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Nuclear bill report today
Published on 18 Aug. 2010 12:38 AM IST
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Ending weeks of impasse over the contentious civil nuclear liability bill, the Bharatiya Janata Party (BJP) Tuesday indicated its willingness to accept the trebling of compensation in case of an accident to Rs 1,500 crore, a key proposal contained in a panel’s report that will be tabled in parliament Wednesday.
The parliamentary standing committee on science and technology looking into the bill Tuesday finalised its report which recommends raising of the compensation cap from Rs 500 crore, as provided in the earlier draft, to Rs 1,500 crore or “such other enhanced amount notified by the government from time to time,” well-placed sources said.
With a view to fast-tracking the passage of the legislation in the ongoing monsoon session of parliament, the Congress called for forging consensus on the bill, a prerequisite for implementing the landmark India-US civil nuclear deal.
The BJP, which had earlier resisted any mention of a cap in the proposed legislation, appeared to have settled for the revised amount because of the provision for a further hike through a government notification if required.
The breakthrough came when Finance Minister Pranab Mukherjee met top BJP leaders, including L.K. Advani, Leader of Opposition in the Lok Sabha Sushma Swaraj and her counterpart in the Rajya Sabha Arun Jaitley, in a bid to bridge the differences.
BJP leaders said the suggestions made by the party had been received well and were likely to be incorporated in the report. The party, however, clarified that it will take a decision on supporting the bill after seeing the fine print of changes in the legislation.
“So far, it is positive,” a senior BJP leader said after the meeting of the standing committee.
“Every issue raised by the members was discussed threadbare and amendments suggested by them are being considered,” T. Subbirami Reddy, the chairman of the standing committee, told reporters outside parliament.
Hinting at an increase in the capping amount, Reddy said: “I cannot divulge much, but I can say that we have incorporated many suggestions in the bill.”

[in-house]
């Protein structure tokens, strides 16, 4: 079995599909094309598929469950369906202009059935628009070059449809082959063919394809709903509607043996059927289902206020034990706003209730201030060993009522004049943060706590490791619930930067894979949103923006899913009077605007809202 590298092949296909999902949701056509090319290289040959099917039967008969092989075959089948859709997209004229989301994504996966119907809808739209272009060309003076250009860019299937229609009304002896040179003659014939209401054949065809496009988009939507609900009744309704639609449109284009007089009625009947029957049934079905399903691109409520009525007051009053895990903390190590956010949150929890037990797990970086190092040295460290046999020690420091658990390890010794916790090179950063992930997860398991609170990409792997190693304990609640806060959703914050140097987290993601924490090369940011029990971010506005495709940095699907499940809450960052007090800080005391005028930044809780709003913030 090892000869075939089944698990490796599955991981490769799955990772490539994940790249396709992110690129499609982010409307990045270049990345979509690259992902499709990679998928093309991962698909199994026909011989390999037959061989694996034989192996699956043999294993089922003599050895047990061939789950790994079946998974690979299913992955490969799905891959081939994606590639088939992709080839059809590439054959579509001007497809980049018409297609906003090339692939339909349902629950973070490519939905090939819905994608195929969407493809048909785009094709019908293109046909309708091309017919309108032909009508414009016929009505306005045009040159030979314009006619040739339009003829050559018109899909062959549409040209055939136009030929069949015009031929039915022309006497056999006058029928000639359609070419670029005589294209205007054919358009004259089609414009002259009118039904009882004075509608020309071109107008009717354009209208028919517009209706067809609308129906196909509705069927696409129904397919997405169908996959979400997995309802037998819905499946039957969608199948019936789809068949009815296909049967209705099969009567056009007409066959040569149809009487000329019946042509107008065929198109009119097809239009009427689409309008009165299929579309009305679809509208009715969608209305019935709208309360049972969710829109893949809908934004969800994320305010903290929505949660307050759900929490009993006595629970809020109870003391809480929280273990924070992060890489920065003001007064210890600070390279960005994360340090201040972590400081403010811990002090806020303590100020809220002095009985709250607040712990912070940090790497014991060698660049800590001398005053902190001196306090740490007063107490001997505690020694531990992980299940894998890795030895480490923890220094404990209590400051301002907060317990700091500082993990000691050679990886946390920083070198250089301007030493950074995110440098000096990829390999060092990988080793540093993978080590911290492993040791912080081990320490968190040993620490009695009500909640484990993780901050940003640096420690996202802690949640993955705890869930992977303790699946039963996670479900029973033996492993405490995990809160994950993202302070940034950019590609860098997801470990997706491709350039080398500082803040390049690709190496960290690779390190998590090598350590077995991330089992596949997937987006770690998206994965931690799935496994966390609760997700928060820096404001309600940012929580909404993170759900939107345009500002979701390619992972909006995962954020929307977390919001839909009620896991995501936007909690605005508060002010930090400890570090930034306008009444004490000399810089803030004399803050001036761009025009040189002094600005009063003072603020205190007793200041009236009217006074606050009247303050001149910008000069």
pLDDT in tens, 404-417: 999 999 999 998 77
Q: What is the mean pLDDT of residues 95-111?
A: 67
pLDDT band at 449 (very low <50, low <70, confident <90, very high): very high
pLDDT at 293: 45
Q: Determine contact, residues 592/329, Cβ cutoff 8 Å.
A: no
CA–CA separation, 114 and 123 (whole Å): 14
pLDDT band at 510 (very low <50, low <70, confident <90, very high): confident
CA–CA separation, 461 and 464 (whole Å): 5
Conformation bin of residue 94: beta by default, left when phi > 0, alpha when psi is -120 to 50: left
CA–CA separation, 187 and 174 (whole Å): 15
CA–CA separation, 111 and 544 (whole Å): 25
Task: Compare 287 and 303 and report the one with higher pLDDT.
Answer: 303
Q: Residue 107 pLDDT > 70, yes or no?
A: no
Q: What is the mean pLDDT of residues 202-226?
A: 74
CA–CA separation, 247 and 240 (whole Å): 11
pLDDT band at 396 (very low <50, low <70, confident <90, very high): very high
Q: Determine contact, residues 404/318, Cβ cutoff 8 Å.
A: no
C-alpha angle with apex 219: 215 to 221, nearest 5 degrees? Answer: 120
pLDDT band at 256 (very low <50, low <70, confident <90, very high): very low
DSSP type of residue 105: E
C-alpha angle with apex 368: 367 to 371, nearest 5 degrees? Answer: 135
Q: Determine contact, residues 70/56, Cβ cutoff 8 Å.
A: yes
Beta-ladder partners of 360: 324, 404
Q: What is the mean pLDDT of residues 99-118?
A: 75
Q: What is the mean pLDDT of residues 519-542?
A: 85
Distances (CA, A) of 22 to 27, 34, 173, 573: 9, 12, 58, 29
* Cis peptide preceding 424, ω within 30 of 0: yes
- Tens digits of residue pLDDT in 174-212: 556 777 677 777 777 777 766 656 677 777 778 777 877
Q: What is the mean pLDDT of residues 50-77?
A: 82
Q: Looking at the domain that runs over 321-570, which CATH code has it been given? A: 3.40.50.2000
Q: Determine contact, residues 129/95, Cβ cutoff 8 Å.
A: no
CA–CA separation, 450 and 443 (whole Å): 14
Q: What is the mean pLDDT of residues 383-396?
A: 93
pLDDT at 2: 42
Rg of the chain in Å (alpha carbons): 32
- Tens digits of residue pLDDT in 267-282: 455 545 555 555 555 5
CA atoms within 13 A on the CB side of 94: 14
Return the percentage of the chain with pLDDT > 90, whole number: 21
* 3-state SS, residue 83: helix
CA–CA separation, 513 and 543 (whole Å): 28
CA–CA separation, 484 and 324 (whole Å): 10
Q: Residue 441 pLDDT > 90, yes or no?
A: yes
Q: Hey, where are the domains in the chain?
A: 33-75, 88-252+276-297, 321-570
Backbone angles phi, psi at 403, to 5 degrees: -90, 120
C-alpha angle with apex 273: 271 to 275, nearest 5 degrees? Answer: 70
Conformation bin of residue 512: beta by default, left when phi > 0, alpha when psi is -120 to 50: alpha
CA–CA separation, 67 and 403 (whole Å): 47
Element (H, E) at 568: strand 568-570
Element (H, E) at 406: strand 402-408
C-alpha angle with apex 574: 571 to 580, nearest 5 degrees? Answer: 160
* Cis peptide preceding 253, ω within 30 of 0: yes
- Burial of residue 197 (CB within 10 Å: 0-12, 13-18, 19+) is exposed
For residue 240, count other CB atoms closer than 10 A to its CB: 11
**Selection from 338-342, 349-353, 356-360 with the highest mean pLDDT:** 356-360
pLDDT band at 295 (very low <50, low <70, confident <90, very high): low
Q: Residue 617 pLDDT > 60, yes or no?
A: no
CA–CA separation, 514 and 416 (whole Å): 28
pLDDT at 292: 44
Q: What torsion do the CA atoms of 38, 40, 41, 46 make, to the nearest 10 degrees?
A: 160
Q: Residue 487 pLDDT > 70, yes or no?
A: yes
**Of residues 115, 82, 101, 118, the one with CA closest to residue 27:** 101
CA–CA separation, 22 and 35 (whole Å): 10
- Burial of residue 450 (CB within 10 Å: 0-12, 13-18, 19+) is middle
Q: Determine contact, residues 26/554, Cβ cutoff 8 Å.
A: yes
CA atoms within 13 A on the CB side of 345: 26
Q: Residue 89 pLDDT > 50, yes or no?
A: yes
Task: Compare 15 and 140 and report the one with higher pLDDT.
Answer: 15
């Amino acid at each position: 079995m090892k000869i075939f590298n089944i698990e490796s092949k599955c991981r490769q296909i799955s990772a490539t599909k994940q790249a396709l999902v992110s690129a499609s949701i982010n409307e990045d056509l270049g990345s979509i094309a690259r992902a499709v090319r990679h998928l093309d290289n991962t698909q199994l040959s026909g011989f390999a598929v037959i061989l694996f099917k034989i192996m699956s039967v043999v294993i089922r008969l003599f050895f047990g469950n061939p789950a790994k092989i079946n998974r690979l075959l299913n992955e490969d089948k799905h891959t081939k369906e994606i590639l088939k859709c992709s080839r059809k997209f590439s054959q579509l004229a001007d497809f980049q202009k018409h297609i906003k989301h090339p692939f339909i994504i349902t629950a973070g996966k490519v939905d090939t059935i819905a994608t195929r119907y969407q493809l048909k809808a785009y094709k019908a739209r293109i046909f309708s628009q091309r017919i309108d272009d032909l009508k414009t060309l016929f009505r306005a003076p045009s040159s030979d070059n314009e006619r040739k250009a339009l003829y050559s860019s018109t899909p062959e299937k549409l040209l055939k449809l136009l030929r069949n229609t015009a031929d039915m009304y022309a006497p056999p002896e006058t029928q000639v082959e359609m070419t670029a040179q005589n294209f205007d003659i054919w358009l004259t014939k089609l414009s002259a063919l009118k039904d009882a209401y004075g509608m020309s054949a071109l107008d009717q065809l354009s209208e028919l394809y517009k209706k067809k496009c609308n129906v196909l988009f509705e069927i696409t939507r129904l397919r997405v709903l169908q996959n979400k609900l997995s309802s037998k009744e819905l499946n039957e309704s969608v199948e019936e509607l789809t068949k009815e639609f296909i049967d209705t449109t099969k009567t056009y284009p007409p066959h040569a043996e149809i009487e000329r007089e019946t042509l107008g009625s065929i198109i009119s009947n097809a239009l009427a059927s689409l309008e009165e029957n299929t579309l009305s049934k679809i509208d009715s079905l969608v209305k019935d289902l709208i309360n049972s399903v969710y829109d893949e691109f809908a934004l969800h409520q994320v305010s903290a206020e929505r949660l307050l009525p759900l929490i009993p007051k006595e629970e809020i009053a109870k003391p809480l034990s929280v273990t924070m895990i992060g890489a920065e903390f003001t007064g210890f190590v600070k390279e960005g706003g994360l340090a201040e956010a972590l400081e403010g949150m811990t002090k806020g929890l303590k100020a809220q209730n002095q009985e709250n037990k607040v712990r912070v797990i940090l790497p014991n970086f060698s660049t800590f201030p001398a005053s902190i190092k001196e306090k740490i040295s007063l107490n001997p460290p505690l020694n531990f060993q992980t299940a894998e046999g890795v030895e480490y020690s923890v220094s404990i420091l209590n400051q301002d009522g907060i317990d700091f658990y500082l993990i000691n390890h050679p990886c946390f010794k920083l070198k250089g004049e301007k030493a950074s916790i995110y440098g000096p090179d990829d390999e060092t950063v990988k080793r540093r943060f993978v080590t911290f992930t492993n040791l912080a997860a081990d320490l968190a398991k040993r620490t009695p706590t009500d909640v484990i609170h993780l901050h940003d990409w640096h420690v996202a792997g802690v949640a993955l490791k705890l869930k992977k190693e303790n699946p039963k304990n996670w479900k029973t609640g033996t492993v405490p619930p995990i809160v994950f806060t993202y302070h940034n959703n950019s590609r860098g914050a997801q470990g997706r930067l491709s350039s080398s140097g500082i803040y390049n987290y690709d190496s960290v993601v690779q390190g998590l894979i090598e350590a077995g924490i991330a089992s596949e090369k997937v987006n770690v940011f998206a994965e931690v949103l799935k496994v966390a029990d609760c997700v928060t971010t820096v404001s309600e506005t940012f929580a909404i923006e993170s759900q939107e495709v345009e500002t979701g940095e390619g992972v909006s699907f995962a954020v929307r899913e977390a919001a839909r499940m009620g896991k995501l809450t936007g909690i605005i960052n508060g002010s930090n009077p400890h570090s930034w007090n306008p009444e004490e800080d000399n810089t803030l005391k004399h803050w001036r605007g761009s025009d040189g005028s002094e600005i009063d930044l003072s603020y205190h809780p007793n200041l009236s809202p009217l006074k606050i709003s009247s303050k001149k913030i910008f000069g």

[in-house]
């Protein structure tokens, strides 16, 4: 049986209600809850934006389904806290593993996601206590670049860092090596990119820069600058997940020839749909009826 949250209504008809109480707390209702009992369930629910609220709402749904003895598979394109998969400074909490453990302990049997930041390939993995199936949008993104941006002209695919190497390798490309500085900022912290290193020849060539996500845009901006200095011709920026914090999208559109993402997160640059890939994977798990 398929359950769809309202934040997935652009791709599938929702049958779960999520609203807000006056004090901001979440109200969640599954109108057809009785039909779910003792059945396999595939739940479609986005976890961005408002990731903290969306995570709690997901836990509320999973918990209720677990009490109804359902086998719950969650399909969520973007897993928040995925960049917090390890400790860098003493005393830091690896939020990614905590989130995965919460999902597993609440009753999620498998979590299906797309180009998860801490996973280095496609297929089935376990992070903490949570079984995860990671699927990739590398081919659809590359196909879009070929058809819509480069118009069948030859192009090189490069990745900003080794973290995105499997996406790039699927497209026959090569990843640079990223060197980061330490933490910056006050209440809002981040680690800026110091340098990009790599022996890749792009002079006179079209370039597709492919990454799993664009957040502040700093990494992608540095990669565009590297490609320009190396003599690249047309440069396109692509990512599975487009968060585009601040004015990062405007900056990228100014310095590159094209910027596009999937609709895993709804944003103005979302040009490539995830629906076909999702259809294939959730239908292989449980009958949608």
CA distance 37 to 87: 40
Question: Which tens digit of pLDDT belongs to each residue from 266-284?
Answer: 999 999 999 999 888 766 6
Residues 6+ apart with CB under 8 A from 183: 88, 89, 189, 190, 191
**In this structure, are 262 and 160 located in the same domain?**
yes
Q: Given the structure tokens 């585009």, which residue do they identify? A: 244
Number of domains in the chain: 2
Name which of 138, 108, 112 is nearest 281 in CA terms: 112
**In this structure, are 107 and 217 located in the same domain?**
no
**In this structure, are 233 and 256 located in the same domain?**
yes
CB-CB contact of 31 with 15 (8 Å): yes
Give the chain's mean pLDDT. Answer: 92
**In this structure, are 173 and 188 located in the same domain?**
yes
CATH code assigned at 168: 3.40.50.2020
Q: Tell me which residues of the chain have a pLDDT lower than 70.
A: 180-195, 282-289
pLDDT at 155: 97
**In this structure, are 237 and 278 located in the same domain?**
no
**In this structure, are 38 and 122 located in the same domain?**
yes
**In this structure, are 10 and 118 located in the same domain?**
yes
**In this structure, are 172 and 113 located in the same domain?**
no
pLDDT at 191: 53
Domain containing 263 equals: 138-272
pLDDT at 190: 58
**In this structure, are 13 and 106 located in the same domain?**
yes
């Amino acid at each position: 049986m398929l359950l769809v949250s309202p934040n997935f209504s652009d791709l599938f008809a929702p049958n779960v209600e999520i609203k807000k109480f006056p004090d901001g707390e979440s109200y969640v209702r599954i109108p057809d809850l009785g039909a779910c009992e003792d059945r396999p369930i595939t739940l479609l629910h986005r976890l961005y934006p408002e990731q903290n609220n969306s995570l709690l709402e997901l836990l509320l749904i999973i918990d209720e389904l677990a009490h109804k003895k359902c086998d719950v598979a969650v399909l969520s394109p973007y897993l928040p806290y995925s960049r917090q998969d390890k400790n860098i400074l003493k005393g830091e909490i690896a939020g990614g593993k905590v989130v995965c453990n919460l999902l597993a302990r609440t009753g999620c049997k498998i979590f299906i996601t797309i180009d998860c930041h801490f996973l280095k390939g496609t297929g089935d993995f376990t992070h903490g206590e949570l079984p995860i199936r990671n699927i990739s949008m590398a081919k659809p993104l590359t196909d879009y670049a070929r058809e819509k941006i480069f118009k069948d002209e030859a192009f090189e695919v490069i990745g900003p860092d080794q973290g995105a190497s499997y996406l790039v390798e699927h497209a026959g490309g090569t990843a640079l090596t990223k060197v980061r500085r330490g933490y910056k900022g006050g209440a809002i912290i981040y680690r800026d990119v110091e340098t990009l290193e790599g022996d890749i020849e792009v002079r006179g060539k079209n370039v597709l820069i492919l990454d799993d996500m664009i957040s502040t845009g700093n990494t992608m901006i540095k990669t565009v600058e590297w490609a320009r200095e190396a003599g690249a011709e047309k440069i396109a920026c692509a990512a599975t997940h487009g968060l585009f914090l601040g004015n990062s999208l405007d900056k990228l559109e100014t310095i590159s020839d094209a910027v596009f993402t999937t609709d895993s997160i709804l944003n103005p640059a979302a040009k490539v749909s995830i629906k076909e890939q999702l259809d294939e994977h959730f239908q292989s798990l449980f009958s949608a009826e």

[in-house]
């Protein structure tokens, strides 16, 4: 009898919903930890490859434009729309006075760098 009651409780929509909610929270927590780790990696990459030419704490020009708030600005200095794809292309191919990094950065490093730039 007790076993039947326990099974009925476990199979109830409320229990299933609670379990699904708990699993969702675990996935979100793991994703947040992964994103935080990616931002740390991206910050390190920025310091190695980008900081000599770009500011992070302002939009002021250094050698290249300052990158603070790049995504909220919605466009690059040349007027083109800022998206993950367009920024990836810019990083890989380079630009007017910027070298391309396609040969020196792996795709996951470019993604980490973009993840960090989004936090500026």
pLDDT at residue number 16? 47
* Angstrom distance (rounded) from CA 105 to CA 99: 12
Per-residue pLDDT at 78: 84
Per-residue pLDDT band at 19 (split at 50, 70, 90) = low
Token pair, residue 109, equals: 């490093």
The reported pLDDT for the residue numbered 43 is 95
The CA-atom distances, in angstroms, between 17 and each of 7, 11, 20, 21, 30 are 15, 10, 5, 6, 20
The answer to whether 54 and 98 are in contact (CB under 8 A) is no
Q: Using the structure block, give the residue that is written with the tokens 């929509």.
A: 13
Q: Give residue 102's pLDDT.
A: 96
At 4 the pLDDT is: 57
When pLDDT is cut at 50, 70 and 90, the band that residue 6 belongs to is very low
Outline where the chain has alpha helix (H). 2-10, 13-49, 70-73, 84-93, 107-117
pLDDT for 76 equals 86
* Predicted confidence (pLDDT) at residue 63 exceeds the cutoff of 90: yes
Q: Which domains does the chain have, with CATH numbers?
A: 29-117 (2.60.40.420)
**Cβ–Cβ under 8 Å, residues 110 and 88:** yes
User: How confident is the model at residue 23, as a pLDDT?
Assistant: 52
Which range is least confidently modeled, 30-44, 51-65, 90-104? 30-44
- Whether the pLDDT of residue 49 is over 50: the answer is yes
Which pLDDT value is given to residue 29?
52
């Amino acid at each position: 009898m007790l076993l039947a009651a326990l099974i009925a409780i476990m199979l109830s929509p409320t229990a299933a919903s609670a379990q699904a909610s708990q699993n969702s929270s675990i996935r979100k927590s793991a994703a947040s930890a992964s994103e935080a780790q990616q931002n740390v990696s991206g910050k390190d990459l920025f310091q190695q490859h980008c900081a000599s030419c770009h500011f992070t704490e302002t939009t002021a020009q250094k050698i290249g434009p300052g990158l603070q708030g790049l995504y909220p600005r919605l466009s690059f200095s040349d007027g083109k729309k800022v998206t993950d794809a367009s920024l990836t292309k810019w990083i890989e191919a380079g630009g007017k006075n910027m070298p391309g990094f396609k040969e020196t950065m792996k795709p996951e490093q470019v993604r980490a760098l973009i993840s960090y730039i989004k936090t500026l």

“We had 24 meetings... all are being consulted including trade union leaders. The bill is in the interest of the nation,” he added.
The Left parties, including the CPI-M, the CPI and the Forward Bloc, still have some reservations about the legislation and are likely to oppose it when it is introduced in parliament, which could happen later this week.
The Civil Liability for Nuclear Damage Bill, 2010, was introduced in the budget session of parliament. It was later referred to the standing committee.
The BJP appears to have relented in its opposition to the bill, which it had earlier decried as a sell-out to foreign suppliers. Jaitley said the BJP wants a provision should be made in the bill that it deals only with plants operated by the government or a government company.
“The operators’ liability should be enhanced to a minimum of Rs 1,500 crore or such other enhanced amount to be notified from time to time,” he said.
He said that a similar provision should be made concerning the total liability of an operator as increasing it without such a condition would be a cumbersome process.
“Total liability of the incident to be kept at 300 million SDRs (special drawing rights) or such other enhanced amount to be notified from time to time,” he said.
Jaitley said that supplier’s liability was weak in the bill and the party held that there should be a special provision to refer to the liability on account of transporting defective equipment.
He added that the options for operator vis-a-vis supplier in case of substandard equipment and other latent and patent issues should be strengthened.
The BJP leader said that the bill should contain a statement in the main enactment, as also in the preamble, that all liability under the act shall be “no fault liability” so that cases such as leakages are also treated as proof of negligence.
He said the party did not want the government to close its options and there should not be a direct or indirect reference to any international convention such as the Convention on Supplementary Compensation (CSC).
In a bid to fast-track the legislation, Congress spokesperson Manish Tewari told reporters that the passing of the legislation was imperative for attracting investors into the sector.
“I am sure the opposition parties would have conveyed their reservations and suggestions to the parliamentary standing committee that went into the legislation. It is a must that consensus is achieved soon and the bill passed in parliament,” he added.
Prime Minister Manmohan Singh is keen to get the legislation passed before US President Barack Obama arrives here in November for talks, during which the two leaders are expected to review the progress on the nuclear deal.

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